The federal prosecutors did not pitch a shutout. The U.S. attorney spent 12 years and millions of taxpayer dollars pursuing Bonds like he was Clyde Barrow. Following a sensational trial in 2011 in which witnesses testified to his use of PEDs, Bonds was convicted on a single count of obstruction of justice; his sentence included a month of home confinement, two years’ probation with 250 hours of community service, and a $4,000 fine.
His conviction was eventually knocked so far out of the park by an appeals court that the U.S. attorney folded. Bonds isn’t guilty of anything. And he’s never officially failed a drug test.
As the oldest son of Bobby Bonds, a free-swinging outfielder for the Giants, Yankees, and other teams, Bonds was born for baseball. From an early age, Barry was beyond gifted and beyond coaching. As described in the Mark Fainaru-Wada and Lance Williams book Game of Shadows, he developed an attitude before he could shave. At Arizona State, where heplayed for three years, his teammates even voted to kick him off the team, despite his obvious talent
As a Giant, Bonds was unloved by the media and resented by some teammates. He didn’t really give a damn. Why should he? Bonds is the greatest ball player of all time. For his part, Bonds simply put the numbers up.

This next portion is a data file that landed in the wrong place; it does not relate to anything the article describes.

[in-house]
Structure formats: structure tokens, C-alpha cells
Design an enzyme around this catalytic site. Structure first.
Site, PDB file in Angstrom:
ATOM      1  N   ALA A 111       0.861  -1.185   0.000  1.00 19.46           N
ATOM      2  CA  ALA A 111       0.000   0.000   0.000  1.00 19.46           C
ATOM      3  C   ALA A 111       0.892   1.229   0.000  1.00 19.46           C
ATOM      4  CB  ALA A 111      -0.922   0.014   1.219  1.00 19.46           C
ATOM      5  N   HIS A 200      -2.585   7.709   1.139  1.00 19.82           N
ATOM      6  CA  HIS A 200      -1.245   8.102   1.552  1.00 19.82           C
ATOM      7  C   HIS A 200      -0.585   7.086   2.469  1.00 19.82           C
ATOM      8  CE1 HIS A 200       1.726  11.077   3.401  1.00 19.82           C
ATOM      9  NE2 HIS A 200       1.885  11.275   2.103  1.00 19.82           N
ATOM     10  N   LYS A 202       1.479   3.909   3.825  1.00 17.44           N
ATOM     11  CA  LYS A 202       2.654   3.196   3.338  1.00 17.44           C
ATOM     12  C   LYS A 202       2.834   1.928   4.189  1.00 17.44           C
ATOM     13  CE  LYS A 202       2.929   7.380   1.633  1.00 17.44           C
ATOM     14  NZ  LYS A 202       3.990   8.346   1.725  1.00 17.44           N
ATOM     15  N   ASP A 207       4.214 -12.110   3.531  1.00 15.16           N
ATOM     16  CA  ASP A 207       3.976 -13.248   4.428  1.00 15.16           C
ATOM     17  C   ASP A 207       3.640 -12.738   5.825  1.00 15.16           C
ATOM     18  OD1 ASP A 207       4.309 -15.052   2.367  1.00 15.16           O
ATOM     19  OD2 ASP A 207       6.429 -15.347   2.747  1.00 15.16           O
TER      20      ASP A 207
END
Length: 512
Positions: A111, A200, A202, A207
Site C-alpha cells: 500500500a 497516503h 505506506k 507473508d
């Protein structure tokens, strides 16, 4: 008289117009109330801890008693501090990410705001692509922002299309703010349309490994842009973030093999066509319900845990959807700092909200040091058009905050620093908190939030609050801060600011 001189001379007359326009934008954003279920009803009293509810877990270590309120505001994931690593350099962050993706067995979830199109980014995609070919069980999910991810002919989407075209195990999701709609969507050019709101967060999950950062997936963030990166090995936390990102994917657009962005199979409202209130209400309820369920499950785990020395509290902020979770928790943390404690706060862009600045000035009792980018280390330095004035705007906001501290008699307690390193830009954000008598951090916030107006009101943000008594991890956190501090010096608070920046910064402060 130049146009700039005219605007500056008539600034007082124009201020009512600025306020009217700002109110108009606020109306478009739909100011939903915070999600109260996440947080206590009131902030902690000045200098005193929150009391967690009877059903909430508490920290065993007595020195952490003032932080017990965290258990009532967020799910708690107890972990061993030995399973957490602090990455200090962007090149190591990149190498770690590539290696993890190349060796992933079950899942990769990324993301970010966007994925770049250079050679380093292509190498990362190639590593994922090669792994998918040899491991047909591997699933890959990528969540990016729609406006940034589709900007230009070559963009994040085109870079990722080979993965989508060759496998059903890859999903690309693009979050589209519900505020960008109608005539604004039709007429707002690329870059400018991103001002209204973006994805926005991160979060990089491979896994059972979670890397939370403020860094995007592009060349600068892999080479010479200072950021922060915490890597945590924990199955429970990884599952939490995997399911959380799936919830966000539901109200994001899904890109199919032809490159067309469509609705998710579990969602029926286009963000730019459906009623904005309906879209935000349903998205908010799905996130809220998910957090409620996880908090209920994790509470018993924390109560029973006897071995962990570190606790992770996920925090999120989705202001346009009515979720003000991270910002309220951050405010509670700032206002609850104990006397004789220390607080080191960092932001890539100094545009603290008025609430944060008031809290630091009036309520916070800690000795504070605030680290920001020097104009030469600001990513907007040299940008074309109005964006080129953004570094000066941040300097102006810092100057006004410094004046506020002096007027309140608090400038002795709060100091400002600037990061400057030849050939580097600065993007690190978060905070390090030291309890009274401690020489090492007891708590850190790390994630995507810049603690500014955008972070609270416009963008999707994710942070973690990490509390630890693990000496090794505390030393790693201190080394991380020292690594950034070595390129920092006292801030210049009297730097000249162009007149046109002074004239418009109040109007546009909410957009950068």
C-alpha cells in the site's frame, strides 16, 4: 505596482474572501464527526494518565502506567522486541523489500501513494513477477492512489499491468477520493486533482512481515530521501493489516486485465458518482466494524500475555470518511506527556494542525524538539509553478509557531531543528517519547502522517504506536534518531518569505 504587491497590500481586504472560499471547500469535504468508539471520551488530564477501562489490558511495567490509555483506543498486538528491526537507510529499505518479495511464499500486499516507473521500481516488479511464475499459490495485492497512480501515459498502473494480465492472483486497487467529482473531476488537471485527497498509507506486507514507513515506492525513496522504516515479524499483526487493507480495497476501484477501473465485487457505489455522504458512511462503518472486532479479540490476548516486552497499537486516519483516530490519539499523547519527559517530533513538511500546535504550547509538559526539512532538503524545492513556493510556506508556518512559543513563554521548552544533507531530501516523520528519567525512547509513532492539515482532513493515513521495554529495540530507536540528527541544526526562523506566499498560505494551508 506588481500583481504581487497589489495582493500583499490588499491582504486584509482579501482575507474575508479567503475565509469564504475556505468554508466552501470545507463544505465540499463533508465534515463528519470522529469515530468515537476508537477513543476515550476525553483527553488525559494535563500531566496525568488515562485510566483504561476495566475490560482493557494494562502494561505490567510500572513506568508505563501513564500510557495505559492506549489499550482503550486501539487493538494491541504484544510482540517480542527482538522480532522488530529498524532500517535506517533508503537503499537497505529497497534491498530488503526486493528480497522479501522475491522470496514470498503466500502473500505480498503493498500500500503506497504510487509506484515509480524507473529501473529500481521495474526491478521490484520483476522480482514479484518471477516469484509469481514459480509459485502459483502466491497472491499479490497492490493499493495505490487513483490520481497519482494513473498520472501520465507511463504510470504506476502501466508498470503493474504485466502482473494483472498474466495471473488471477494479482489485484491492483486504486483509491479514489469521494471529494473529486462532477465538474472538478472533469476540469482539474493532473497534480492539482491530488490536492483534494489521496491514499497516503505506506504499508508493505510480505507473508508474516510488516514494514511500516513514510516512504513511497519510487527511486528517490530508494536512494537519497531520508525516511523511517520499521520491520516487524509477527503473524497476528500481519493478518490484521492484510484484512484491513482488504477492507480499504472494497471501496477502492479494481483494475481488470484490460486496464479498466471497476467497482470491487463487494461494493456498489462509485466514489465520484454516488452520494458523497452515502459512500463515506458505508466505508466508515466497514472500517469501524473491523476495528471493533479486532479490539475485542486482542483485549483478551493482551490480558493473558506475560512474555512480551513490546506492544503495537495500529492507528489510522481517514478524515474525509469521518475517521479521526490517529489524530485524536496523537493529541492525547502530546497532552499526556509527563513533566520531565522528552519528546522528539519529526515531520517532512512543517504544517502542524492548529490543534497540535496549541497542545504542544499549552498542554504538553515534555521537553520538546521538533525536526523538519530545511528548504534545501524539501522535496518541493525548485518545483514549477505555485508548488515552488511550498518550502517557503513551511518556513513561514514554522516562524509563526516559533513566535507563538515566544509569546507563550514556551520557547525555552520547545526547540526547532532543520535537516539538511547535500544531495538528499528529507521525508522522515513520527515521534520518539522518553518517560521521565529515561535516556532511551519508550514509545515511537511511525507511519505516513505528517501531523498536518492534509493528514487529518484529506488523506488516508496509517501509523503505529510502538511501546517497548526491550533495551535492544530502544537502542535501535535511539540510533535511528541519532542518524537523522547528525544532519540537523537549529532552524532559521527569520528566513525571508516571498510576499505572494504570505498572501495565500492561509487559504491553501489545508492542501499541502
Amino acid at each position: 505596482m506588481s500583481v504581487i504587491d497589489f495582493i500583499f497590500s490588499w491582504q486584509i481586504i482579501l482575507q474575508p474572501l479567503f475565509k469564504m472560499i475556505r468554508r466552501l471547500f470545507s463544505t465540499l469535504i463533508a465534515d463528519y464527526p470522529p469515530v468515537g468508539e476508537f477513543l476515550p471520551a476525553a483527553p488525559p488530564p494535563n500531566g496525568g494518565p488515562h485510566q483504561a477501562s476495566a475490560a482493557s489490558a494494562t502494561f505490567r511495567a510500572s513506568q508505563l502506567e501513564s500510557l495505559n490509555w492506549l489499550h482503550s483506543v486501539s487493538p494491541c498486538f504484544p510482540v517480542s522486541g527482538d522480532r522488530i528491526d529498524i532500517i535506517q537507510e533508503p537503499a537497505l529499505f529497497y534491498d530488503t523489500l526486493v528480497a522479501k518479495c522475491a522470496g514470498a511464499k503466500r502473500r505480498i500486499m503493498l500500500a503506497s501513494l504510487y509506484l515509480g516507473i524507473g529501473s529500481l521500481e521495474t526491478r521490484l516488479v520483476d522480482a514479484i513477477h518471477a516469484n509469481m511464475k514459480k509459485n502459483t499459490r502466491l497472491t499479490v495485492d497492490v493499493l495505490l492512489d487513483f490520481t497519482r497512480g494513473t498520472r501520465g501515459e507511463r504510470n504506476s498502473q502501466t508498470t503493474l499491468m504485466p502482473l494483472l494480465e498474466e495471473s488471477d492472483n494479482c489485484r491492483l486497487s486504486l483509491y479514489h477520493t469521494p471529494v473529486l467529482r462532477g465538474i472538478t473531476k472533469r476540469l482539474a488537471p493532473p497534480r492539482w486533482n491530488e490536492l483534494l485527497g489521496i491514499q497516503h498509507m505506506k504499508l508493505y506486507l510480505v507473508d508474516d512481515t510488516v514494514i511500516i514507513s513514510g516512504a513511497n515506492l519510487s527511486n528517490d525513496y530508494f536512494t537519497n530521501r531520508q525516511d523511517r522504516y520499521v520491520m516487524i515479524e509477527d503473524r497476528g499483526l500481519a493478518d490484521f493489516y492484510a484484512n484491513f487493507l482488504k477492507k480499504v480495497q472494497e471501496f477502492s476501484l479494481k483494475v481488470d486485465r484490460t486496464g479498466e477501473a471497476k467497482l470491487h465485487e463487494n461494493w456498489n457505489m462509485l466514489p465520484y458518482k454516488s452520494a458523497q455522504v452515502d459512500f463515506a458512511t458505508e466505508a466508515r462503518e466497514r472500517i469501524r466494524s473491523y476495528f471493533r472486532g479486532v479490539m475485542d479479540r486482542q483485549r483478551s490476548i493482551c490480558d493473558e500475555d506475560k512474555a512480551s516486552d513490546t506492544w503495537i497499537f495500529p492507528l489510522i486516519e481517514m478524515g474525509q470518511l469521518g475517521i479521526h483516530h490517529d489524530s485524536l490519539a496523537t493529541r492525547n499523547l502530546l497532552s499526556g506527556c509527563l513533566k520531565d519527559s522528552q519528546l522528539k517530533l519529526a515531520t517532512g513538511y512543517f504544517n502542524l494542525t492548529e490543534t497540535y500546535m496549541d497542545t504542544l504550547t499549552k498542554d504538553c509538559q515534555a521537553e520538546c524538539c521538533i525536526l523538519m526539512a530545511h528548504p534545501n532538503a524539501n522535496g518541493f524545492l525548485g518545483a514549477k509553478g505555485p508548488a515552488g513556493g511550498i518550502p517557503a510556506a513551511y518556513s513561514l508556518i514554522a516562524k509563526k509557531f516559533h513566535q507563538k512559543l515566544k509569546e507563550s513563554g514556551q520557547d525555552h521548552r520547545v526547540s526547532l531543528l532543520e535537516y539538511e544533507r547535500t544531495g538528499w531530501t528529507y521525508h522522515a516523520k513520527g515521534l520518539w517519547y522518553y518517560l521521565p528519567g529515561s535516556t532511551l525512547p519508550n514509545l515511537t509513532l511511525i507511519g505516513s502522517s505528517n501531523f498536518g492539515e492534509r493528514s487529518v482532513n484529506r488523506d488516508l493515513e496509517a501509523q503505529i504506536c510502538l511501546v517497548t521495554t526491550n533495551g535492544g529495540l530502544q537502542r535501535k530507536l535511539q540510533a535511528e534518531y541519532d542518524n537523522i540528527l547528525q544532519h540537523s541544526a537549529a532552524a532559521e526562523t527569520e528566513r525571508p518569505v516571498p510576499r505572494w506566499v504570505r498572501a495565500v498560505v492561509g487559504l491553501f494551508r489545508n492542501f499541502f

“Every player who’s ever played against me knows my ability, and that’s something I will never, ever have to explain,” he said after his exoneration. “I’m not insulted by anything. I don’t hold grudges. I’m not going to hold a grudge. I know what I brought to the game. I’m proud of that. That’s all. I’m proud of that.” (Bonds was hired by the Giants organization as an advisor for the 2017 season.)
Perhaps the best Bonds comparison—in terms of both cantankerous personality and skill—is the great Bambino himself, Babe Ruth. Baseball’s history connects the Babe with Bonds. Ruth’s uppercut home run swing changed baseball. He popularized the long-ball game that would become the focus of Mark McGwire and Sammy Sosa’s home run chase in 1998.
Bonds made a market-based decision to go long: If baseball was rewarding pure power with money and fame, Bonds was an investor. He returned for the 2000 season with added weight and muscle and began crashing home runs with increasing regularity, hitting 49 dingers that season, 15 more than in the prior year and the most he’d ever hit.
That is, until 2001, when he broke the record for most home runs in a season, 73, eclipsing the mark of 70 set by the hulking McGwire in 1998.
PEDs can’t make you a ballplayer. Whether on PEDs or not, Bonds put in a ton of work to be great. He was naturally gifted, a fitness fanatic, and a baseball professional who practiced all the drills needed to become a virtuoso. To baseball’s cognoscenti, the unpopular Bonds is being held to a different standard than other heroes, in baseball or any other sport.
And Bonds was truly great at his primary occupation, a genuine Hall of Famer. We think it’s sheer idiocy not to vote Barry Bonds into the Hall of Fame.